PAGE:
6 – Raised bog

North of Finsterau lies the Finsterauer Filz raised bog, which is approximately 400 m long and 200 m wide. A raised bog is a type of peatbog, which is raised above its surroundings are its cross-section is lentil shaped. The creation of raised bogs dates back to the end of the last Ice Age, when the basin shaped depressions which remained in the landscape after the retreat of glaciation were filled with nutrient-poor water and created small lakes. In the cold mountain climate with plenty of rainfall, mosses and peat bogs especially thrive. These non-vascular plants are eventually able to fill the water area in full. On the bottom, their decayed bodies form an organic sediment (homolid, also known as peat) and new ones keep growing at the top. If the place is sufficiently supplied with water, the accumulation of homolid leads to the centre arching above the sides and the layer of peat can be several meters high. Peat bogs are small islands in northern landscapes (tundra and taigas) which remain in Central Europe.
A miniature of the Siberian taiga and tundra
Raised bogs have their ecological specifics. The soil is organic and highly acidic. The soil and the water include very little nutrients, which results in a limited growth of vascular plants. Specialised plants, such as the common sundew (Drosera rotundifolia), compensate the lack of nutrients, mainly nitrogen, by catching and processing small insects thanks to the sticky substance excreted through the typical small glands in their leaves. Important factors which influence the peat bog and its biodiversity the most are the thickness of the peat, the fluctuation of water throughout the year and its size (edges are penetrated by species from surrounding forest biotopes).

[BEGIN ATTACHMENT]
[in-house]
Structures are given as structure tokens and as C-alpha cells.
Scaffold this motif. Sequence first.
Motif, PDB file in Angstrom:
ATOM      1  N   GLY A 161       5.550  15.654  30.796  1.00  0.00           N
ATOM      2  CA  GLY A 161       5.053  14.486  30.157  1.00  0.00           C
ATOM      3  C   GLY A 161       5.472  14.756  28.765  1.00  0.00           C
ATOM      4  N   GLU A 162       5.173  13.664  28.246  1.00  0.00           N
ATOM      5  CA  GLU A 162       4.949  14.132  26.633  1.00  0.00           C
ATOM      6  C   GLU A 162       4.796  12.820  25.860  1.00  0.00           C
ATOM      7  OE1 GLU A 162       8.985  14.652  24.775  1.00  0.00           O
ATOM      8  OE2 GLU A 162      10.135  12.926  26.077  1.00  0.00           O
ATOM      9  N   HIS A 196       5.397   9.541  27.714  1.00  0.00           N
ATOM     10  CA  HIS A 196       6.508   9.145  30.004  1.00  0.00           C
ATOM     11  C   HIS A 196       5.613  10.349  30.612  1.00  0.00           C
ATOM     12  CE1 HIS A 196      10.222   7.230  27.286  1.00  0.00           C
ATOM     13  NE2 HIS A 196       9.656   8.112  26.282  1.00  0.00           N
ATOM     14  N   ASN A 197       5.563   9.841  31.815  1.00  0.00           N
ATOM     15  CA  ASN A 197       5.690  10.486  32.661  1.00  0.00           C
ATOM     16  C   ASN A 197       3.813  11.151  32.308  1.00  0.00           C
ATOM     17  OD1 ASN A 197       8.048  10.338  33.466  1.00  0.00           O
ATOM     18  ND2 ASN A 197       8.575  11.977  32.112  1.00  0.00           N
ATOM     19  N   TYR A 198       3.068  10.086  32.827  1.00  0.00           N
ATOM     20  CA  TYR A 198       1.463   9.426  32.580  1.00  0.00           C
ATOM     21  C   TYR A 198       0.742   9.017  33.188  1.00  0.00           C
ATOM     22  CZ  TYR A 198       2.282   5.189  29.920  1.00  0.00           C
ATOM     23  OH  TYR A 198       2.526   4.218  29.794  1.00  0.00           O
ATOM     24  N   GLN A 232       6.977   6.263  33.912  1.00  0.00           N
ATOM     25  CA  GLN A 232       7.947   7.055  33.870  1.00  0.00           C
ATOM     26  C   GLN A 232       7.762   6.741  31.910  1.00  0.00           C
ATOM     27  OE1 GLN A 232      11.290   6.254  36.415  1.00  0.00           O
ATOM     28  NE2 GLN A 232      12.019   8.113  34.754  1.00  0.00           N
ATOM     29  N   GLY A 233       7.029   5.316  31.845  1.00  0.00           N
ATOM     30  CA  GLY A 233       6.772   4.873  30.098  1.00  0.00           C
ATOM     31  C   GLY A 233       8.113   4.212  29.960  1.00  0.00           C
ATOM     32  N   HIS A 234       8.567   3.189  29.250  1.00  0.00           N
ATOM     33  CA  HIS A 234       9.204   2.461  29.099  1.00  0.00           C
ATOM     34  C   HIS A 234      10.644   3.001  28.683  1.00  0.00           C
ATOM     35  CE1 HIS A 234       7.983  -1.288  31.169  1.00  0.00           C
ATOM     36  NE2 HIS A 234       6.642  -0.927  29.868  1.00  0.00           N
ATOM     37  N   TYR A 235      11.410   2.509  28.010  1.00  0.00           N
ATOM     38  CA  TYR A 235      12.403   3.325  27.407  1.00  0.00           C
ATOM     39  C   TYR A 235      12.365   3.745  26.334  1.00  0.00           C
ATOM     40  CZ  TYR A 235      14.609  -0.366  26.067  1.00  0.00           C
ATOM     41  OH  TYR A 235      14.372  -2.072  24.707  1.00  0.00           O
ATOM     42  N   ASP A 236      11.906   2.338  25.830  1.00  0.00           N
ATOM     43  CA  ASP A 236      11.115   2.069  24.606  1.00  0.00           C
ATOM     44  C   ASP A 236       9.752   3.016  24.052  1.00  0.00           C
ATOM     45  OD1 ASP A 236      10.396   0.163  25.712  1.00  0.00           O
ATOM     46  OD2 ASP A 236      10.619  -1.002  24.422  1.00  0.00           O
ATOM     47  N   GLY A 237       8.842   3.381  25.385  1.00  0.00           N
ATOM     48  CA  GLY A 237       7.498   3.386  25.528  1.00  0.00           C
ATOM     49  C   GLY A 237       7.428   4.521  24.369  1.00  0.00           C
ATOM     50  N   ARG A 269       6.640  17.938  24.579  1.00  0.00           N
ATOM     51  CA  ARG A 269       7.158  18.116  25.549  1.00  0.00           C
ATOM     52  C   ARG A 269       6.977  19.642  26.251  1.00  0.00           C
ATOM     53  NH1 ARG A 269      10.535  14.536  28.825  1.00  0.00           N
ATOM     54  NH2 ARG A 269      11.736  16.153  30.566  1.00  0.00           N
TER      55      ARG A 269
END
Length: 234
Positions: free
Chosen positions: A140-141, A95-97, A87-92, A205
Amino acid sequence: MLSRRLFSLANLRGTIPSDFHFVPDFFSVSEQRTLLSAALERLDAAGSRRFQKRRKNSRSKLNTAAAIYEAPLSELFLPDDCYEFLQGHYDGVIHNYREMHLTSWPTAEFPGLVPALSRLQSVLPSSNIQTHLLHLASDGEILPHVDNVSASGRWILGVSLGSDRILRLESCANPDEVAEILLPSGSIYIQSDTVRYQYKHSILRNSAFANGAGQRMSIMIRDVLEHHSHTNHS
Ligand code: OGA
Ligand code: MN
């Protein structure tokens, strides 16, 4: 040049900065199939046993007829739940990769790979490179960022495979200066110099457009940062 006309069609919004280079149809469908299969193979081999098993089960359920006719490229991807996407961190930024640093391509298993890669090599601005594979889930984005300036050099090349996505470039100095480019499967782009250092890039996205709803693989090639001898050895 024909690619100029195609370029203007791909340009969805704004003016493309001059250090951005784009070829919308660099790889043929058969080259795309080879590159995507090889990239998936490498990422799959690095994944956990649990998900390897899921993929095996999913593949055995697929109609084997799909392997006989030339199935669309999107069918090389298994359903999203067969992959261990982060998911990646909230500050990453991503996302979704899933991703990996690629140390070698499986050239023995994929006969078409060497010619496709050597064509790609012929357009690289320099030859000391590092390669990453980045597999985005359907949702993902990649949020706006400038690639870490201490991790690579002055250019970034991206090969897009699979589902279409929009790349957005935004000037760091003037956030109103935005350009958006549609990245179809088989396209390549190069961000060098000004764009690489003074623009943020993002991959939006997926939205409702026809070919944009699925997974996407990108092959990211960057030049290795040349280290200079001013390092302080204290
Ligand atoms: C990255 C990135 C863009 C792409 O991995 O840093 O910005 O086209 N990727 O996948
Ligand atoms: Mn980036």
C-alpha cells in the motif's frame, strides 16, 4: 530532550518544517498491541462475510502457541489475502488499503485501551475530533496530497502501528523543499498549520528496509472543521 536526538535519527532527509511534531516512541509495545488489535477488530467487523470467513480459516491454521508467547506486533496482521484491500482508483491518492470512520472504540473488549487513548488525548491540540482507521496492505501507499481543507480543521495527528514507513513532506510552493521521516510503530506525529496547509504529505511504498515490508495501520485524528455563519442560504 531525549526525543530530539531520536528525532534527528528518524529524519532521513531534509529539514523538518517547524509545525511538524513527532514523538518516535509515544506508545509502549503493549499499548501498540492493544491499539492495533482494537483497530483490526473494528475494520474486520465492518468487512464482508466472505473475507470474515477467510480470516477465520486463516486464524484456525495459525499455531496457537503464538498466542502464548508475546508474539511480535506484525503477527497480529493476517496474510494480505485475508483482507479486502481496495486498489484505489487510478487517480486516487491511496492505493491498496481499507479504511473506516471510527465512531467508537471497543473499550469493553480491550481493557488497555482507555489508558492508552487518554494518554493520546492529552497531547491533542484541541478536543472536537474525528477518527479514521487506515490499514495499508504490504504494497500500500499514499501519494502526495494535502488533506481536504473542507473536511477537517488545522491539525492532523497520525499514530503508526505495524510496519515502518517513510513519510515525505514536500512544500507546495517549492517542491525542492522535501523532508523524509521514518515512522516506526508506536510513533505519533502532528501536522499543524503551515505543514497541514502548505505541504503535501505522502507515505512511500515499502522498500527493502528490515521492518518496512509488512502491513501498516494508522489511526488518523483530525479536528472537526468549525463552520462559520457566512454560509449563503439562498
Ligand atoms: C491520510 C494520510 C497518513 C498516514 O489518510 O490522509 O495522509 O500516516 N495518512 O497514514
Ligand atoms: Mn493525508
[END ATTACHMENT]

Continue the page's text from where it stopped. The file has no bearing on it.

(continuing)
The importance of peat bogs lies in their ability to hold large amounts of water and release it gradually. By doing so, they help to even out the water regime of the landscape.

Another significant feature is the creation of a memory, a sort of palaeochonicle of a given place. Each year, plants bloom and produce pollen. Pollen, just like any other solid particle, fall to the ground. If it falls on a peat bog, it is devoured by the growing peat and stored together with the dying parts of the stem in one of its layers. Pollen can be preserved in peat for thousands of years, without changing its form and is species specific. Each plant species has its own typical pollen. After a professional analysis, it can provide a lot of information. The result of a careful pollen analysis is a diagram which shows when certain species of plants appeared in an area and when they disappeared. From that it is possible to draw out the evolution of vegetation, temperature, wetness, and other variables of a locality far into the past.
Pollen on the surface - future fossil record in peat